26 October 2019

Saturday morning puzzle

You might have heard various variations of this problem before.

You have 2 ostrich eggs in your hand (fairly hard shells) and you are in front of a 50 story building. The basic challenge is to figure out which is the floor from and above which the eggs will break on impact to the ground when you drop them from a window of that floor. Of course, this can be done with only one egg. You start with first floor – if it does not break, go to second floor. And keep doing this till you find the floor where it does break. The minimum number of tries you will need to guarantee finding out that floor is 50. (Basically, in the worst case, you have to keep trying all the way to the top)

But you have 2 eggs. Now, the challenge is to find out the minimum number of tries with which you can guarantee finding out that threshold floor at or above which an egg will break (one try means one dropping of an egg). Needless to say, once an egg breaks, you cannot use it again.

Posted October 26, 2019 by Rajib Roy in category "Puzzles


  1. By Rajib Roy on

    sum of a series starting with n-1 is (n)(n-1)/2, right? For it to be >= 50, n=11, right? With n=11, the series is 55. There is a off by one error perhaps in your calculation? Otherwise the logic seems to be correct to me.

  2. By Rajib Roy on

    if you can explain how you came up with the series, I can try figuring out where the off by one error is happening.

  3. By Indranath Bhattacharya on

    Rajib Roy there are 2 hypothesis- 1. You can break the entire floors into equal parts (10,20,..50) and then try them from 10 onward and then when you have reached the level where it broke (say 30)- from there come up from 20 , 1 floor at a time – hence you need 11 tries
    2. The next one is a bit different

    1. By Rajib Roy on

      Philippe, did you get to 10 – which is the answer – by trial and error in spreadsheet or mathematical proof?

  4. By rajibroy (Post author) on

    Step 1: Note that once you have established a floor (call it “B”) where the egg does not break and a floor (call it “A”) where the egg does break, after that your only option is to take the only egg left and start from B+1 and go sequentially up to A-1 till you realize which floor breaks the second egg. If the second egg does not break even in A-1, then A is the answer of course.

    Step 2: Note that you cannot a priori come up with an arbitrary value for “B” since the egg might break in your first try. The only known value of “B” – where egg does not break is in your initial condition (Floor 0).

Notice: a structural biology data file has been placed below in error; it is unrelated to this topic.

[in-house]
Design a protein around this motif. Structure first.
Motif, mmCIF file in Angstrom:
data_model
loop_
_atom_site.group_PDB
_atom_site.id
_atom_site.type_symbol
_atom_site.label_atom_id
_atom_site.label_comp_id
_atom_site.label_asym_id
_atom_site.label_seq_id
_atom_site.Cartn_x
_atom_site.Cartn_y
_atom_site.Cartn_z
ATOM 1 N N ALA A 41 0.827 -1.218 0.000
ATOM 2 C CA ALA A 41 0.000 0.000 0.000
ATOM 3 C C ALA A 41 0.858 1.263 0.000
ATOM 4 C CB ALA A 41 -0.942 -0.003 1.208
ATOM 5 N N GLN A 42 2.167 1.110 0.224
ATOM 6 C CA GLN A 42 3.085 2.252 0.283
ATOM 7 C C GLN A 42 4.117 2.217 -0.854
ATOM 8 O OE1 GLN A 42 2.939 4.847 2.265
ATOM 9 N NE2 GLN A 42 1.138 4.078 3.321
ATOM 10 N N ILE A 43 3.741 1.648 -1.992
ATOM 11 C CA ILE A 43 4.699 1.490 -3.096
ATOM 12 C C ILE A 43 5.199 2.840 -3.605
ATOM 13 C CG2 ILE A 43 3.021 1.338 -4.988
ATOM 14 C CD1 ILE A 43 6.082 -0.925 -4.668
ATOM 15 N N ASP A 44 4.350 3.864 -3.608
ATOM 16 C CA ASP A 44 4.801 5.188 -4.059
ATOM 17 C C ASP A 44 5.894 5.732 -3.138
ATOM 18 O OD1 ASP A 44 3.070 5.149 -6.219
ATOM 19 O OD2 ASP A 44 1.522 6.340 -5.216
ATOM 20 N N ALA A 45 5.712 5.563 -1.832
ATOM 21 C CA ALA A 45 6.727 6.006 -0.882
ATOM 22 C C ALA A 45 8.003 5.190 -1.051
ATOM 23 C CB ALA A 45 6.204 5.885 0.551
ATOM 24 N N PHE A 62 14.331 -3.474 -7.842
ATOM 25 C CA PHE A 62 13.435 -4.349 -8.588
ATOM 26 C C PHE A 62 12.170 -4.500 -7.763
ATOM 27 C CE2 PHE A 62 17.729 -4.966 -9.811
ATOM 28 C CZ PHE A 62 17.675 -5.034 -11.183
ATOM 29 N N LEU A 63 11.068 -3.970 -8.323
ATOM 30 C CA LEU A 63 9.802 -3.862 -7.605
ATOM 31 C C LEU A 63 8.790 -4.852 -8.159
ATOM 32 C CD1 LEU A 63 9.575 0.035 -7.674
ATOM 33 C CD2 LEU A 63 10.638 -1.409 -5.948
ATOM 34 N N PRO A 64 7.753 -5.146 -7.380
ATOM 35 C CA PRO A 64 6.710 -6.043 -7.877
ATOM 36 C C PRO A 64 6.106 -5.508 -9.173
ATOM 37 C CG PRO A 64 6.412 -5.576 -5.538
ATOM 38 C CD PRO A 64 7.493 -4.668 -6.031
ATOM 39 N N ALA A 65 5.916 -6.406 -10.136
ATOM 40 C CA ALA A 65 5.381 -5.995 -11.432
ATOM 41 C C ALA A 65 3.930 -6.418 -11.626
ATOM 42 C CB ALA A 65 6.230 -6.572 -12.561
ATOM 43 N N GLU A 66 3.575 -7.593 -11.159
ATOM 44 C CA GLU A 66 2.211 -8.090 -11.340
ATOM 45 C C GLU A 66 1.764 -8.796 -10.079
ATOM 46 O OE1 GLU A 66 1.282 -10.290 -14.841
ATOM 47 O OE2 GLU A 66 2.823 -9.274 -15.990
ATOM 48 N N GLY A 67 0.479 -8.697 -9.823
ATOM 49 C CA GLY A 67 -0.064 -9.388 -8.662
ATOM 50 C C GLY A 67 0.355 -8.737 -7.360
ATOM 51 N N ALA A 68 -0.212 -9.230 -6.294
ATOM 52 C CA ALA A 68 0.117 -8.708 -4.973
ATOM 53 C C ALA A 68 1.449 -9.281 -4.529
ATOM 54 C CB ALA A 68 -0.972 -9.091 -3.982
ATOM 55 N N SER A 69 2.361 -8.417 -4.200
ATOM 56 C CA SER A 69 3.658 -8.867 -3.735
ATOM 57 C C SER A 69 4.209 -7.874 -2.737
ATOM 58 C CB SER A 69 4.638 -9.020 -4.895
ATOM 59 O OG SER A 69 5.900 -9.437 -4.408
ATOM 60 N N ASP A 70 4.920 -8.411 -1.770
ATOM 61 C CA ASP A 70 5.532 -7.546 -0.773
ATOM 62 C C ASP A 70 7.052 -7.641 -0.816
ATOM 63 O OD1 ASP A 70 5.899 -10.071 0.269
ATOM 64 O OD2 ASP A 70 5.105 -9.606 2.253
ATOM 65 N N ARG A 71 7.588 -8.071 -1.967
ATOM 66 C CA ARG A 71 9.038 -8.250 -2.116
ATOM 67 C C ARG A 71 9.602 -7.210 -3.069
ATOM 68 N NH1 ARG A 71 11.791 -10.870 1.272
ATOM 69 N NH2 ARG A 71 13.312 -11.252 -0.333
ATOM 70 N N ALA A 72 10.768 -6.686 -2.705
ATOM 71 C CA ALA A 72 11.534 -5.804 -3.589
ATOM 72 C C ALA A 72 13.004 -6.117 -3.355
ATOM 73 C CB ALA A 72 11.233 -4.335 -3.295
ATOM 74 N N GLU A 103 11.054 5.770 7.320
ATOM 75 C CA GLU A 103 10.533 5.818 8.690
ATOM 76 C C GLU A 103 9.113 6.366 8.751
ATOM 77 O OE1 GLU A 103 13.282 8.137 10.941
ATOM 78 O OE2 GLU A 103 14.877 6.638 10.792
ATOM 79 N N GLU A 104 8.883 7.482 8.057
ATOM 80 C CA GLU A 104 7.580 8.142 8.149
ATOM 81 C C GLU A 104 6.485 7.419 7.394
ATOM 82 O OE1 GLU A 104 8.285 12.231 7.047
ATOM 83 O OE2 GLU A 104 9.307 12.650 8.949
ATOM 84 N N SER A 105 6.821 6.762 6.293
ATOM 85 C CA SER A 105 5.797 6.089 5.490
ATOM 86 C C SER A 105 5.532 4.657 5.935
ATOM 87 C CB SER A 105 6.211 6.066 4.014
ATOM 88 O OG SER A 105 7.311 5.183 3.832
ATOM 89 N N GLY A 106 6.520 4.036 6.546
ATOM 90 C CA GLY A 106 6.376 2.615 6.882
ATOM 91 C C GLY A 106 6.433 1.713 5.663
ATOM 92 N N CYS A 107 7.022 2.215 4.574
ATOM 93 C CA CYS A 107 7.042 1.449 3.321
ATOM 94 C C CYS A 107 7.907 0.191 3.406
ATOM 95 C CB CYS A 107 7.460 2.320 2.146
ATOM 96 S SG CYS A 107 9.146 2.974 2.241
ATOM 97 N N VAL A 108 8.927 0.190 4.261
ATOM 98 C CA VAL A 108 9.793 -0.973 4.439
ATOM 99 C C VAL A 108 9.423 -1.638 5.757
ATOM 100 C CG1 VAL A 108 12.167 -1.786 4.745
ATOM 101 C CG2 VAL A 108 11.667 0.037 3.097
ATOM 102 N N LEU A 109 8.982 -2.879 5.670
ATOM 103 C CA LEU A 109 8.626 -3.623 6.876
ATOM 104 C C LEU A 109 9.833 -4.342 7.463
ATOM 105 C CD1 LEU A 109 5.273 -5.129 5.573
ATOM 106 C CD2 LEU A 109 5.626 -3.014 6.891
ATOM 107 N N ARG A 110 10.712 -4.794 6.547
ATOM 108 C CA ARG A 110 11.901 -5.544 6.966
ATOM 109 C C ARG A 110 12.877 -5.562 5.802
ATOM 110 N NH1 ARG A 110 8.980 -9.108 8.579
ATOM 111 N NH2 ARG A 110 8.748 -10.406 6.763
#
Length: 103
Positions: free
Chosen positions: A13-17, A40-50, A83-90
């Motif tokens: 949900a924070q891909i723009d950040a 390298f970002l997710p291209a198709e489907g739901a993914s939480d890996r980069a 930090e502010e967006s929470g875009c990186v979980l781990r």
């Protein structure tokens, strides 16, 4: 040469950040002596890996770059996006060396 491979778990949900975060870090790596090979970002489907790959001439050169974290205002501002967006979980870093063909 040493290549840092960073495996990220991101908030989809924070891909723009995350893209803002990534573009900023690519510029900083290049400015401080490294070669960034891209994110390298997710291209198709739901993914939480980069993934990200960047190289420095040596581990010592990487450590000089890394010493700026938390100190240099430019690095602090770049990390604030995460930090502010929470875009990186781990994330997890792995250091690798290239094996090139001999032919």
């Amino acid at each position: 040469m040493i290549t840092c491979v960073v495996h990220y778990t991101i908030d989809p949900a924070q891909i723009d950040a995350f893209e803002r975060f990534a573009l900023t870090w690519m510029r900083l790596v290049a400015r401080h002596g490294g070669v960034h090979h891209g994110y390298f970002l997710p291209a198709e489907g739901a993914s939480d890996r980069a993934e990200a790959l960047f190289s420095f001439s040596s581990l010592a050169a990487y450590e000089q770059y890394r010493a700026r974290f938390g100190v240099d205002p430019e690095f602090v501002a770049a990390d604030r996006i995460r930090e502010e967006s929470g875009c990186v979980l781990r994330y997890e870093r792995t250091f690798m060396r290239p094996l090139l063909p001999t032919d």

Step 3. Suppose the answer to the question is “n”. What would be your strategy for the first try? This is best understood if we take an actual value of “n”. Say, you knew the answer to the question “minimum tries required to establish the threshold floor in all cases” is 7. Well, your strategy for the first try will be Floor “7”. Why?

    Case A:
    If in Floor 7, the egg breaks, you know that you start sequentially from Floor 1 thru to Floor 6. If it does not break in Floor 6, you know Floor 7 is the answer. So in 7 tries you established which floor is the answer. (remember your first try led to a broken egg and then you went 1 thru 6)

    BTW, if you tried in a higher floor – Floor 8, let’s say, you would need more than 7 tries if at Floor 6 the second egg did not break. You are done with all 7 tries but you are still note sure what happens in Floor 7.

    If you tried a lower floor, you would have established the exact answer but never required all the 7 tries (same logic as above). So you are not maximizing your resources.

    Case B:
    What if in Floor 7, the egg did not break?

    Well, now you have established “B” = 7. You have exactly the original problem as before except you can think of Floor 7 as your Floor 0, you have one LESS try and you have both eggs left.

    Using same logic as before, your next stop would be Floor 13. (you have 6 tries left. So you will jump 6 floors). If the first one breaks on Floor 13, you basically try the next 5 tries thru Floor 8-12.

    And what if it does not break? You obviously then go to the 18th floor since you have 5 tries left.

    In essence, your strategy would be to go “n”, then “n+(n-1)”, then “n+(n-1)+(n-2)”…. to establish which is the threshold floor ASSUMING you knew what “n” was to begin with.

    If you knew what n was to begin with, you know that the max floors you can deal with is the sum of the series n, n-1, n-2, …., 1 which is (n)(n+))/2 using above strategy.

    So the question is what is the minimum value of n for which the above value crosses 50 (the original height of the building). If n is 9, the series adds up to 45. If it is 10, it adds up to 55.

    So you will need minimum 10 tries to make sure you are covered for any threshold floor value 1 thru 50.

    Hope you enjoyed it!


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